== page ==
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background

During its annual monsoon season, one-third of Bangladesh is submerged beneath floodwaters. A further 80% of the total area of Bangladesh is prone to flooding due to being located at the low-lying delta of major rivers. A warming climate has increased the extent of this flooding in recent years.

The fight against flooding, and by extension, climate change threatens the continuity of education around the world. We will hear about Bangladesh’s innovative way to deal with this challenge—floating schools operating with the simple mantra of “If children cannot go to the classroom, build a classroom on a boat and take their lessons to them.”

Such an approach has been used successfully in other developing nations prone to flooding, such as the Philippines, Cambodia, Nigeria, and Vietnam, ensuring that education continues throughout these natural occurrences.

BRAC Specific Resources

  • Floating schools for climate change - a short video featuring BRAC's boat schools in Bangladesh and the Philippines.
  • Positive Pick-Me-Ups: The Boat Schools Enabling Equity, Encouraging Gender Equality and Tackling Bullying - an article about BRAC's boat schools that also features a video presentation on them.
  • BRAC's WASH program - an overview video of BRAC's Water, Sanitation, and Hygiene program and its impacts.
  • Monsoon hits Cox’s Bazar: The world’s biggest makeshift city - a look at the effects of monsoon season in Cox's Bazar, the site of the Rohingya refugee camps, the largest refugee camps in the world.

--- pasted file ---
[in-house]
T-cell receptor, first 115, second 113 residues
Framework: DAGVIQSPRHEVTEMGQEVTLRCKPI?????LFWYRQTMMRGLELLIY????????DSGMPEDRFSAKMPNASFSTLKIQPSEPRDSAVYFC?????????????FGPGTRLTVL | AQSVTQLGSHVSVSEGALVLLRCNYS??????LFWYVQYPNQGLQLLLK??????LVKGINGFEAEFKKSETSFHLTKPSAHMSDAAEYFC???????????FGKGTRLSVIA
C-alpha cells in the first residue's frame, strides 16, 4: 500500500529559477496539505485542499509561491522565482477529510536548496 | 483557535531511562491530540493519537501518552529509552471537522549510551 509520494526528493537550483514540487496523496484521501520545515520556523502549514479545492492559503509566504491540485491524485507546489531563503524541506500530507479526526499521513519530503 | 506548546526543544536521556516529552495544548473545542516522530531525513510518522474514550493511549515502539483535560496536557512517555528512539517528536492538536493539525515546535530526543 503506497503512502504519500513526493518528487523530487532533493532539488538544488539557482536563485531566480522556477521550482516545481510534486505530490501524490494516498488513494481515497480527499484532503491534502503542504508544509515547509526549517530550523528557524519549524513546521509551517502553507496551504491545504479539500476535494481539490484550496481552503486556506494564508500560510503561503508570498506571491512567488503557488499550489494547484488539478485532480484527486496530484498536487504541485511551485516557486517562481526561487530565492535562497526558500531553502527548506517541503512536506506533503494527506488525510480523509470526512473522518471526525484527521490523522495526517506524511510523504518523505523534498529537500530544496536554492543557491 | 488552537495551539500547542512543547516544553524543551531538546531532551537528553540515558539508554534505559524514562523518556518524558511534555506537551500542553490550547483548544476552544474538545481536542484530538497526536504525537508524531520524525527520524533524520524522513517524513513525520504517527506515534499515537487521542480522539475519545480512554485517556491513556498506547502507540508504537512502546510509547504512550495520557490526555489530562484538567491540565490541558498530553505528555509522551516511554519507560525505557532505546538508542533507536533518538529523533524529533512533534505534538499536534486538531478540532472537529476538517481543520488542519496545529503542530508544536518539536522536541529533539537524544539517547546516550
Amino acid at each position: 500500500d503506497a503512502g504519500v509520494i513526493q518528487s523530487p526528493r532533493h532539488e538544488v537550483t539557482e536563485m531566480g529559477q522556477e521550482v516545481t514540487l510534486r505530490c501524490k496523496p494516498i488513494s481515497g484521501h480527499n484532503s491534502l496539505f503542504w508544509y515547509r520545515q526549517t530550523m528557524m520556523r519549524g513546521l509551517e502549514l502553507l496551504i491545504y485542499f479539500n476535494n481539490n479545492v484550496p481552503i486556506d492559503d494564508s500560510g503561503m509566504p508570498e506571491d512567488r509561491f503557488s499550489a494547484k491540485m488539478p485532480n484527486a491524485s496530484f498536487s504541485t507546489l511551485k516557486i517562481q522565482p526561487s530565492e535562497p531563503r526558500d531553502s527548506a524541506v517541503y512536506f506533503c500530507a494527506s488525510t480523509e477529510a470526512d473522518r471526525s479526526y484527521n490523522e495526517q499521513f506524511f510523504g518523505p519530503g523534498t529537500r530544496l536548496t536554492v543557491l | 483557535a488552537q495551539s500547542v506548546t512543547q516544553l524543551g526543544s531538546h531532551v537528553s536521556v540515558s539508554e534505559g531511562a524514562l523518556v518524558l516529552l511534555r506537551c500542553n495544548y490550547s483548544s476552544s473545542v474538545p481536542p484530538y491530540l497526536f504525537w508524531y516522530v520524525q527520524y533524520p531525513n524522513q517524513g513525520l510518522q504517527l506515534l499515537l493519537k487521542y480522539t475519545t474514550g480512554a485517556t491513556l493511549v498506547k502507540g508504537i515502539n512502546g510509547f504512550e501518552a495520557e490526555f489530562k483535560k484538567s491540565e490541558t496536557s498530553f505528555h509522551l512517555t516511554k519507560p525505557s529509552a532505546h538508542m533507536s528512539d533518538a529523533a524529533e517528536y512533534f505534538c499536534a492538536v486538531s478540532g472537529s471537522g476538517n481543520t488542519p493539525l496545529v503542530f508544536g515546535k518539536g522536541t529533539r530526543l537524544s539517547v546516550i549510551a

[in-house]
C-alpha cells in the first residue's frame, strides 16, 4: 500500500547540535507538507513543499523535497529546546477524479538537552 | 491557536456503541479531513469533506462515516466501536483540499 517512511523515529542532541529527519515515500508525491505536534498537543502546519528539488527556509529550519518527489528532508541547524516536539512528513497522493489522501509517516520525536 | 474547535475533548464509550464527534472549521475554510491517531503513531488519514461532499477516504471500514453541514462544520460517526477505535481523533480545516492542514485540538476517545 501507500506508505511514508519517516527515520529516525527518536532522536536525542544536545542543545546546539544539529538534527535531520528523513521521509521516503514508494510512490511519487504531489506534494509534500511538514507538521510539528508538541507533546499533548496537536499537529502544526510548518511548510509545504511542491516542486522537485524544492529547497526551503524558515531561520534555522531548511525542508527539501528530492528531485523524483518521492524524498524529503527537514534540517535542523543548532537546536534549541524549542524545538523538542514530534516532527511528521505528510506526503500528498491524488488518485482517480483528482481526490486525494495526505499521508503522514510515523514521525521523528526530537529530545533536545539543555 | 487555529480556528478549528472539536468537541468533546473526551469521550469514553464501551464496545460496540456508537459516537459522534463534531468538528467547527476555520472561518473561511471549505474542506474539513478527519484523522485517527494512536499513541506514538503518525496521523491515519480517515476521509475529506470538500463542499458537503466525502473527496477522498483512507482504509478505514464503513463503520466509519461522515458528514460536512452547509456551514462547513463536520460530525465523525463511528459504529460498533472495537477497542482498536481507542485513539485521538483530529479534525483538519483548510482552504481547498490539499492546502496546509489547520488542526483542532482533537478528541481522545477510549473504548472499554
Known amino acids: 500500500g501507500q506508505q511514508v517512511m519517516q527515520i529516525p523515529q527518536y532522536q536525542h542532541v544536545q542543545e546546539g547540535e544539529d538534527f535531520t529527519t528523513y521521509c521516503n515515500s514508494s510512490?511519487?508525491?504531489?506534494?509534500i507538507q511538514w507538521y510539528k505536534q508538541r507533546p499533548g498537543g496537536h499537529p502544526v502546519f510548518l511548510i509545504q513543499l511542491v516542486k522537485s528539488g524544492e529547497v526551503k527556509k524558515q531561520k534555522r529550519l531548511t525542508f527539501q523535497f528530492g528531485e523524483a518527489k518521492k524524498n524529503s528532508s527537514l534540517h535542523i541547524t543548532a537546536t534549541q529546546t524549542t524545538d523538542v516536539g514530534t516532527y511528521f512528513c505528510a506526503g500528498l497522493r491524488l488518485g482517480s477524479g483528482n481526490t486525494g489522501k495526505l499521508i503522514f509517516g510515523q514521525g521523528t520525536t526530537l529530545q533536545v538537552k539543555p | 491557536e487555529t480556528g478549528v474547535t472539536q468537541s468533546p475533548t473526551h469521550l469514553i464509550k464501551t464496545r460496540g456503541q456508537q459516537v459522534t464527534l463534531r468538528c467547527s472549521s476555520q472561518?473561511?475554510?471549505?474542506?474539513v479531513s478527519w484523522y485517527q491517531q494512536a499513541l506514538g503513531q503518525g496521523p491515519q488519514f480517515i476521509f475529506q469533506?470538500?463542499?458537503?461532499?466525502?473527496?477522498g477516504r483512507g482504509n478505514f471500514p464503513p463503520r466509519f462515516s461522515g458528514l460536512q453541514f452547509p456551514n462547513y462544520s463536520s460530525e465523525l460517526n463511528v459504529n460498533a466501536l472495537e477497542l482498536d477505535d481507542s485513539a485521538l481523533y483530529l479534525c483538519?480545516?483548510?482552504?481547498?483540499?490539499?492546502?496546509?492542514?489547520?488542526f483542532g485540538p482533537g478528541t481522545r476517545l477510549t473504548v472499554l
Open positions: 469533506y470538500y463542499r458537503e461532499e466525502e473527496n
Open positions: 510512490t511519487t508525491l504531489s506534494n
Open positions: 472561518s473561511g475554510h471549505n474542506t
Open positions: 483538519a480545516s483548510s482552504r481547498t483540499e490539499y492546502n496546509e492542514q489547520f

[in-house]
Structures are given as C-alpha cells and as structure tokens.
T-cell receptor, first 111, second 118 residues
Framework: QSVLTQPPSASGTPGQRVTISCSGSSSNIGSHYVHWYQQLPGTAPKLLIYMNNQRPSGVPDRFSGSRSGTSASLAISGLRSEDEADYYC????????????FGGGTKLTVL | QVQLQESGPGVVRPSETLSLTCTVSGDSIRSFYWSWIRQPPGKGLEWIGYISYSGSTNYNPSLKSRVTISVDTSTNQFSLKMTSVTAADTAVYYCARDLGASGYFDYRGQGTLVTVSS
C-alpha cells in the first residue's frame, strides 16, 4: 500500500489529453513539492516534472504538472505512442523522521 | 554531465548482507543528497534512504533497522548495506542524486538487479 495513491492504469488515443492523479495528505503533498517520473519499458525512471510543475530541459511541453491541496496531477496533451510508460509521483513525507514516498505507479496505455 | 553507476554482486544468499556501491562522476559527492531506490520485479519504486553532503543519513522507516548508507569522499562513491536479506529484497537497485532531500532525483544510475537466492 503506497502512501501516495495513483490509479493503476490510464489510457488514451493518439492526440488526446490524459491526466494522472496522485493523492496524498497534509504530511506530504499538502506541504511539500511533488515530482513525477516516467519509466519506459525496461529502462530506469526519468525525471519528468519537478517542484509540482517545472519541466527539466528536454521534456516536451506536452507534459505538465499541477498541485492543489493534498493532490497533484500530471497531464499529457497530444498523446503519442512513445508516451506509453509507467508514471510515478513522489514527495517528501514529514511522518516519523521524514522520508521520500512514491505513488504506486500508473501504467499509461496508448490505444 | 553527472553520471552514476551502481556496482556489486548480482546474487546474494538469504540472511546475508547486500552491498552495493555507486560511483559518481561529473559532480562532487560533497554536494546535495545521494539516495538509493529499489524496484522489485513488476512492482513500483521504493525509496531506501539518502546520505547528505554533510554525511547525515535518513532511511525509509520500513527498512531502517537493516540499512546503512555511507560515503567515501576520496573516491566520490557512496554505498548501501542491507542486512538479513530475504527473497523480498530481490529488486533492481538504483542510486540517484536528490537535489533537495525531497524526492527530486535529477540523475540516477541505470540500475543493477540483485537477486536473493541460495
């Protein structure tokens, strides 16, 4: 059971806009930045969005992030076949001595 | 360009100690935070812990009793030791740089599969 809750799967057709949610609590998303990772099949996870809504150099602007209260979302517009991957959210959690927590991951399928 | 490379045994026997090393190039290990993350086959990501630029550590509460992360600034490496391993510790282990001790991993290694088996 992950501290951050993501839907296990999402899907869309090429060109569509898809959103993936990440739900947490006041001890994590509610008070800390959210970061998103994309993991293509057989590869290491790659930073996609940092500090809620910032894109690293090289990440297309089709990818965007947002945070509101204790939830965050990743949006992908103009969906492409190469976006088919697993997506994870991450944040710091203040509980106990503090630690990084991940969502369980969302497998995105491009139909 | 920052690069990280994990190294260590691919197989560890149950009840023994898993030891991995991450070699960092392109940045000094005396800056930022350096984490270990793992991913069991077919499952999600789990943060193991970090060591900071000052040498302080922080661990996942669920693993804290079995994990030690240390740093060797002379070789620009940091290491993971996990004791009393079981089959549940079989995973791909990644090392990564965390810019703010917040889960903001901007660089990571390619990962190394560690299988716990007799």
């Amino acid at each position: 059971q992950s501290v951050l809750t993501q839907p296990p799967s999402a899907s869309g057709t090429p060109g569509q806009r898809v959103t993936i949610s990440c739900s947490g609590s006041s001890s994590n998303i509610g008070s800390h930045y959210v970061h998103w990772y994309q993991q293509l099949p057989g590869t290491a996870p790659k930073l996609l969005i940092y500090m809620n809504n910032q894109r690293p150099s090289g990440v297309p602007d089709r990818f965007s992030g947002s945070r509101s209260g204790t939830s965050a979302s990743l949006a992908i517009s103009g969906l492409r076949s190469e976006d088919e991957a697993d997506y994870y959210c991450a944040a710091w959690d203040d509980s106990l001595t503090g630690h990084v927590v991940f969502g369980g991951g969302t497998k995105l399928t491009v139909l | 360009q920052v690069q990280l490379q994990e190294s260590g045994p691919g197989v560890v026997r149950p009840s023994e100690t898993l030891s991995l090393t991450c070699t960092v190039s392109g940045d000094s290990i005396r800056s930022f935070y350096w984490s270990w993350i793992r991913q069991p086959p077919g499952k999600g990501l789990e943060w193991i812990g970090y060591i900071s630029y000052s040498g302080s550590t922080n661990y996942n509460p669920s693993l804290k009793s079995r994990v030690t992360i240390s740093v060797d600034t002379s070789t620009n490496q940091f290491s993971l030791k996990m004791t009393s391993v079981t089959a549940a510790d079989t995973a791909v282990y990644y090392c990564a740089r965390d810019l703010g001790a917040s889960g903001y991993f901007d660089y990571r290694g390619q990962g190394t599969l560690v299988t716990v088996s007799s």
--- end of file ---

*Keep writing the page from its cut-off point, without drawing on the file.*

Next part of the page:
• The world's second largest cholera campaign - shows BRAC's efforts to fight the emerging cholera outbreak, a waterborne illness, in the Rohingya camps in 2017. An example of when massive, well-managed public health campaigns, based in a combination of science and community trust, can prevent disaster and save tens of thousands of lives.
  • Water and Sanitation playlist - the YouTube page featuring various other videos on some of BRAC's water-related programs.
  • How Humanity Gave Itself an Extra Life - a recent NY Times Magazine article about the advances in human health that discusses the advances in science that have allowed human lifespans to grow significantly over the past century+. I initially learned about it because it discusses BRAC's work promoting oral rehydration solution in Bangladesh and also features the last known case of smallpox globally, which was on Bhola Island in Bangladesh, both of which you may find interesting. One section really sticks out to me though when thinking about water-related work - the article references how, as people, when there is an absence of illness, we often don't realize how much work in science and community organizing led to that - essentially to really keep people healthy you need both innovations in science AND the organizations and people with the know-how and trust to get those ideas out into and incorporated within communities. That's exactly what BRAC is doing in the Rohingya camps and other places that are helping to keep people safe and healthy - we are both training people on healthy lifestyles and providing them with the tools and resources to live them. I hope this makes sense.
  • 5 Ways BRAC supports people to adapt to climate change
  • Breaking the Taboo: Managing Menstrual Hygiene at School